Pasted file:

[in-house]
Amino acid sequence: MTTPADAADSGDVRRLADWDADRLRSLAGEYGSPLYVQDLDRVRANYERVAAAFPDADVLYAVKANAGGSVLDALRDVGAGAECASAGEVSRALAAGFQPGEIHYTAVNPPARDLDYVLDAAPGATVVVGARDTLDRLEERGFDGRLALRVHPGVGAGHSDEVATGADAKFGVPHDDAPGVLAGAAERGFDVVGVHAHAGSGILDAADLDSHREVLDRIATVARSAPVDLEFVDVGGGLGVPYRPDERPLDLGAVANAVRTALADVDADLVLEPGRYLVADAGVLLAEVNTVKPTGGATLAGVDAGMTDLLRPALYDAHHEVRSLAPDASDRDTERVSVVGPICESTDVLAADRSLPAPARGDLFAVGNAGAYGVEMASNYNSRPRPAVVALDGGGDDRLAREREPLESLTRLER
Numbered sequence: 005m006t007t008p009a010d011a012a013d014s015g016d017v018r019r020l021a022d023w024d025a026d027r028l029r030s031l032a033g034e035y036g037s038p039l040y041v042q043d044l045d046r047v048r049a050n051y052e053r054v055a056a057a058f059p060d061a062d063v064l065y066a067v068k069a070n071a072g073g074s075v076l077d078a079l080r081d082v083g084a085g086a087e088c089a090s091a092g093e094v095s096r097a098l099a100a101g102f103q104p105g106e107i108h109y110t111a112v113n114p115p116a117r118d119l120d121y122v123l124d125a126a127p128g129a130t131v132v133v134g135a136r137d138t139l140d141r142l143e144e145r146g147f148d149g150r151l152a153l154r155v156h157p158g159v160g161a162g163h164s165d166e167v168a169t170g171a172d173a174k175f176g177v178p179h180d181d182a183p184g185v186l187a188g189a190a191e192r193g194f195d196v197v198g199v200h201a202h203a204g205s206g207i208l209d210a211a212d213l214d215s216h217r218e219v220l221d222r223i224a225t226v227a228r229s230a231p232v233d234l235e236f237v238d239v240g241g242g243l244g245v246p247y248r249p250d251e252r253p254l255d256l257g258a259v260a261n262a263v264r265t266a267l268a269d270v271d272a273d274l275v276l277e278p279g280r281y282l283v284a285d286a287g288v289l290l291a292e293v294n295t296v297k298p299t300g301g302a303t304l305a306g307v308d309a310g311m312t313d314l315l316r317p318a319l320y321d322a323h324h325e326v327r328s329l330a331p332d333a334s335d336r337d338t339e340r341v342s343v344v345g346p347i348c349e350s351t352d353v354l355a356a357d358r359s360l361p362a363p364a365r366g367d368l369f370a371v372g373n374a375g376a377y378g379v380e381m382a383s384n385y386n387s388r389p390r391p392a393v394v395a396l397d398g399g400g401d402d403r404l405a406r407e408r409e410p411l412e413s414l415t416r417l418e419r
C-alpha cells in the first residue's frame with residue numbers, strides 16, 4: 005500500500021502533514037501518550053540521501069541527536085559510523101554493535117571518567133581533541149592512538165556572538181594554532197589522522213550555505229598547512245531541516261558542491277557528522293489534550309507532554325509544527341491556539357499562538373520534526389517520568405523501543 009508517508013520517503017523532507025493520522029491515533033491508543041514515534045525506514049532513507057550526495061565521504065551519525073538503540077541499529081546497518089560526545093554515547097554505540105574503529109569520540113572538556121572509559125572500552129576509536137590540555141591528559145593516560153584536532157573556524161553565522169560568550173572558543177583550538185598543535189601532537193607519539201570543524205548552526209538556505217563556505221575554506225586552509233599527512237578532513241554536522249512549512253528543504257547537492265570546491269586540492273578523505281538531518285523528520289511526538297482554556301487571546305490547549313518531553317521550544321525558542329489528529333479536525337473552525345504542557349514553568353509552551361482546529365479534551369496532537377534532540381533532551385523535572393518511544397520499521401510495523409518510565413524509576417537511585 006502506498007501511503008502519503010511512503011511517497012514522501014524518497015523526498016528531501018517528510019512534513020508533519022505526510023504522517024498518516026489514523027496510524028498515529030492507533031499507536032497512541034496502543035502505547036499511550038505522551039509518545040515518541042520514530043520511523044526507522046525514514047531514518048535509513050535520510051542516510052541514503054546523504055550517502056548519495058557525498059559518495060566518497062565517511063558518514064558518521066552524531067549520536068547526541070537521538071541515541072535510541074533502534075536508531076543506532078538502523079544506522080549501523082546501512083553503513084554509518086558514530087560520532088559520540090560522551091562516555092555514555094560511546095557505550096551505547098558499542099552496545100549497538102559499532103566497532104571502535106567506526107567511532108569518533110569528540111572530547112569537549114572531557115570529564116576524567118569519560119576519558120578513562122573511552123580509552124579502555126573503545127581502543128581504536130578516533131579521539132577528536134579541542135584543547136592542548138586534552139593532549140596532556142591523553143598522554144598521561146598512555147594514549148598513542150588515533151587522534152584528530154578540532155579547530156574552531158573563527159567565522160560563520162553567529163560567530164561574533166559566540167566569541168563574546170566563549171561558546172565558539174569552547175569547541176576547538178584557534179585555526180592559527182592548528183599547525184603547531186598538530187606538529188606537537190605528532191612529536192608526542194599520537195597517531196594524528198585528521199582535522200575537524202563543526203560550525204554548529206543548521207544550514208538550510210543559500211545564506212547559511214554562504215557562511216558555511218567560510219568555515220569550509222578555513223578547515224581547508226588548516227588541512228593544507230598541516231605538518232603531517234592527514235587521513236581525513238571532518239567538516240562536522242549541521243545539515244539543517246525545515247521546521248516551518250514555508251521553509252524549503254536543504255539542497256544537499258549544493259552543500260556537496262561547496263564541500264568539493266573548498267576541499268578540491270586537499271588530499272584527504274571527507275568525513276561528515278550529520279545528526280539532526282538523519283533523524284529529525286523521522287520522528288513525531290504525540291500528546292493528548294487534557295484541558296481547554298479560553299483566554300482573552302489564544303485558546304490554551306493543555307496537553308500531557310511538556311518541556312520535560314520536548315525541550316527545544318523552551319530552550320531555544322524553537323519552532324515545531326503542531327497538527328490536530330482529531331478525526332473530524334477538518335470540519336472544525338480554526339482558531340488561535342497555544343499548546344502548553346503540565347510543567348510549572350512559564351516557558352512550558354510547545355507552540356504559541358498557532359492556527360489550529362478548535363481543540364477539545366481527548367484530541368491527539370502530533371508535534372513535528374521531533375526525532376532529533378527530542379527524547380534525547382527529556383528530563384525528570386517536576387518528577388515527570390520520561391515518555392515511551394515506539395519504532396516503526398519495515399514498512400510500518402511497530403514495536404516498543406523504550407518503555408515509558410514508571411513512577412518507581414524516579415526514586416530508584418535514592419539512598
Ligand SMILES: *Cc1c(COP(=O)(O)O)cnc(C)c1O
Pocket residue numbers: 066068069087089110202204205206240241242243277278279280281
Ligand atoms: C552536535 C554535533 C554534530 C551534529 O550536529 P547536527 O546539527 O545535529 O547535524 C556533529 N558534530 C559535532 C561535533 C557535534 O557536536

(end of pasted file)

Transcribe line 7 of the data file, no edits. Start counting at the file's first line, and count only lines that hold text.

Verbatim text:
Ligand atoms: C552536535 C554535533 C554534530 C551534529 O550536529 P547536527 O546539527 O545535529 O547535524 C556533529 N558534530 C559535532 C561535533 C557535534 O557536536